A shield causes reflection loss and absorption loss of electromagnetic energy. Reflection loss varies with the type of field and occurs as the air-to-shield or shield-to-air loss. As the field propagates through the shield, absorption loss occurs. Absorption loss varies with the type of shielding material. Shielding effectiveness equals the sum of reflection and absorption losses. The conductive barrier cloaks all or part of the circuit, absorbs and reflects radiation from loop antennas, and establishes electrical isolation.
The concept of a shield wall became famous when Roman legions used the testudo formation. You can also use shielding to form a wall that protects sensitive circuits from harmful EMI emitted by other circuits. Electromagnetic fields contain electric fields and magnetic fields that have a 90o orientation to one another.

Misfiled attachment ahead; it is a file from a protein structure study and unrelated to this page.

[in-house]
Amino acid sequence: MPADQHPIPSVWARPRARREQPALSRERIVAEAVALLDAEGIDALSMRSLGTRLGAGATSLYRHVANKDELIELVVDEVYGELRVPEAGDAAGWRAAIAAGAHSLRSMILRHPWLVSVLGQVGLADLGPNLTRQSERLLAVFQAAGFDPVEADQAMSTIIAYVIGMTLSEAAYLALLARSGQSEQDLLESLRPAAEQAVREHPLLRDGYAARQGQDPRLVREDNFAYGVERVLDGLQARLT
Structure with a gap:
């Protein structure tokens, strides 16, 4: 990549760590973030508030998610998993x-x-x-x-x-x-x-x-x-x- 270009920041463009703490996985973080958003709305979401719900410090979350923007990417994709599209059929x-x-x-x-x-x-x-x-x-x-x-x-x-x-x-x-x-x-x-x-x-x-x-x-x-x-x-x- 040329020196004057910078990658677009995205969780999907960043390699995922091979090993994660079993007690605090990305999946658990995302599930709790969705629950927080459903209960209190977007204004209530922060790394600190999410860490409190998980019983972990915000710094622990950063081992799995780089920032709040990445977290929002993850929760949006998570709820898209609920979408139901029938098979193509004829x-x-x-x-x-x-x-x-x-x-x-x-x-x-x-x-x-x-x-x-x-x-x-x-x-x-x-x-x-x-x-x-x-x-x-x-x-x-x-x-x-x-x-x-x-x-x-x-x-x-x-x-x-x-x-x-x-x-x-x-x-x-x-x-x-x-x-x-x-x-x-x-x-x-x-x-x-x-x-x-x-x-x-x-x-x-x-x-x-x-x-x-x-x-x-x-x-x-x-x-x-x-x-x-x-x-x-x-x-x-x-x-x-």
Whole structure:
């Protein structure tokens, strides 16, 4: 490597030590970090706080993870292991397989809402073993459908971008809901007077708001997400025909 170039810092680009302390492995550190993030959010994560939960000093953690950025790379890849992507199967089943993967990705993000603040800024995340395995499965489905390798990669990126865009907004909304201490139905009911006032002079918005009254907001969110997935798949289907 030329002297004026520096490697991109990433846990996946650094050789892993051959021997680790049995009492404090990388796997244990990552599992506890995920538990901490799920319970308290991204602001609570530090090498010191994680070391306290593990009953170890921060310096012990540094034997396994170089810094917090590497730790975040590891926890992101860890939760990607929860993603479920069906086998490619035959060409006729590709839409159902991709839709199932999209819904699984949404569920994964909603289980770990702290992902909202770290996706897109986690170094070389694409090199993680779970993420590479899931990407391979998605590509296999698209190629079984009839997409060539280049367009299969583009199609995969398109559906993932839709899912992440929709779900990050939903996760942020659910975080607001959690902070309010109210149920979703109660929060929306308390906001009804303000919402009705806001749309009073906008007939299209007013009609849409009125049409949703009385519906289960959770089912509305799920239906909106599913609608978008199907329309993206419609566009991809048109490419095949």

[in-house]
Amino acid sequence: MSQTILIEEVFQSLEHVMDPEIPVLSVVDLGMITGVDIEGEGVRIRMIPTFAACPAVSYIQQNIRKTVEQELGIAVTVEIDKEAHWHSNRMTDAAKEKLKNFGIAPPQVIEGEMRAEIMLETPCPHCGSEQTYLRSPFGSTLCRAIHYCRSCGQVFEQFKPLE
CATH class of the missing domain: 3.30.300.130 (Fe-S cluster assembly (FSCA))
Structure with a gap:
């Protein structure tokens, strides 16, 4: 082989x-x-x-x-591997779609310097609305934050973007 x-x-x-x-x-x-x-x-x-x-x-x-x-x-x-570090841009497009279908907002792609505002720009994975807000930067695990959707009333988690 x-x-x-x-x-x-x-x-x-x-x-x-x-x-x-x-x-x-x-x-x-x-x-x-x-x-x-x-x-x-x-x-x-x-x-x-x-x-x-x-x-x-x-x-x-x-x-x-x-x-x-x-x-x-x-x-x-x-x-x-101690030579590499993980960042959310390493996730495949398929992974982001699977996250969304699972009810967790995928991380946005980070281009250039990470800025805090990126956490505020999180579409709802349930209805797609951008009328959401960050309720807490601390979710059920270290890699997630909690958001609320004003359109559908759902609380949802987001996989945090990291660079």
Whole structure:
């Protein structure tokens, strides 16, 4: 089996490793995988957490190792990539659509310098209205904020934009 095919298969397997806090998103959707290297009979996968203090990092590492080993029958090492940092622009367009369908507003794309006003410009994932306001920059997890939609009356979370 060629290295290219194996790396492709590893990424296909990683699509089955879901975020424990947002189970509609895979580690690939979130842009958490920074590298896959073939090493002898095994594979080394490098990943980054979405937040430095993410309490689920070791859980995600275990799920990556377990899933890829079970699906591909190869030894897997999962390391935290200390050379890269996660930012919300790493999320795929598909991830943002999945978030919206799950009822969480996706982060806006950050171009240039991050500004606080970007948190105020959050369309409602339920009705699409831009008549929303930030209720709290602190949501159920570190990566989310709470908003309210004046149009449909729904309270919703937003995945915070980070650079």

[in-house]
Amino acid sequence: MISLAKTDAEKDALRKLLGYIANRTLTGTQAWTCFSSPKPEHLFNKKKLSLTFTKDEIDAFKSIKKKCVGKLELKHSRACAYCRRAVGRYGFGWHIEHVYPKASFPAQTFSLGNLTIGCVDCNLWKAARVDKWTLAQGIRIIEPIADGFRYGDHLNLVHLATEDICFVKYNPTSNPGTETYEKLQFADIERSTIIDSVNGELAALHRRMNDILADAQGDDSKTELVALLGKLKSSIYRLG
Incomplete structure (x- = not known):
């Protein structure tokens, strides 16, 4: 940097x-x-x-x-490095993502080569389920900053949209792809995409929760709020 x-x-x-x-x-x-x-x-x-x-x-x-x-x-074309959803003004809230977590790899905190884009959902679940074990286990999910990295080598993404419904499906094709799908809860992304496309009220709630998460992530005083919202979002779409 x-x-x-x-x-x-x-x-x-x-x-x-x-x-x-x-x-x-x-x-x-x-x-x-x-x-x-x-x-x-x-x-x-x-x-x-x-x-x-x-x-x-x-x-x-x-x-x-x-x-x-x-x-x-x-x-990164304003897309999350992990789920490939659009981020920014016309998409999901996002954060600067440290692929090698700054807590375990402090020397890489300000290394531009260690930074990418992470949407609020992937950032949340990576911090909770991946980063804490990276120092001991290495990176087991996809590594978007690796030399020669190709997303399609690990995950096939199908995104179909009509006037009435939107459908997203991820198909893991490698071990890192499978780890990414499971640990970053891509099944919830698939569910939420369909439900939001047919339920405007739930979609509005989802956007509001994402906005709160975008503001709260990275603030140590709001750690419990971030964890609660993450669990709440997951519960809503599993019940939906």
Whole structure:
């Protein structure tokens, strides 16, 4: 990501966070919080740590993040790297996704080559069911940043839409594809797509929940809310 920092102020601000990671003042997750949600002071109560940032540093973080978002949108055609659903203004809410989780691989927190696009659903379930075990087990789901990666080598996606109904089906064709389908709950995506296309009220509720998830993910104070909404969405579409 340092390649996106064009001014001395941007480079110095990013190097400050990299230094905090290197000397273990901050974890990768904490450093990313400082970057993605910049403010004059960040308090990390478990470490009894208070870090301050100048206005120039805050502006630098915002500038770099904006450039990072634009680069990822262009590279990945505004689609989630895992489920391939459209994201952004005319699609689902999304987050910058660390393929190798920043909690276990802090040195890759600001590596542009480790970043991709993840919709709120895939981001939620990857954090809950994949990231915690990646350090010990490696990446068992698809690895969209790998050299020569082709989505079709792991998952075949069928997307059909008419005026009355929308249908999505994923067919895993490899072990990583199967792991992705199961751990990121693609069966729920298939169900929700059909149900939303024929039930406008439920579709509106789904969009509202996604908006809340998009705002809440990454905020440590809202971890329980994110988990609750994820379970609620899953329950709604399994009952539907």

If the electric field interacts with the magnetic field, propagation occurs. A shield wall separates sections of the PCB by attenuating the electric field (E-field) and magnetic field (H-field) of the radiating electromagnetic interference wave with a combination of metallic and magnetic shielding.
Round, or Square: Different Shields for Different PCB Needs
Unlike the hoplons, shields used on PCBs do not protect from chin to knee. Hidden enemies such as aperture radiation and cavity resonance can make life difficult. Electromagnetic interference can pop up anywhere. With electronic devices becoming smaller, shield design emphasizes a combination of lightweight, mechanical stability, and electrical efficiency.
The shielding that you select for your PCB design depends on whether the emissions occur as near-field or far-field emissions, the frequency of the interference, and whether the interference occurs as electric field or magnetic field interference. Each of these factors influences the selection of shielding type and thickness.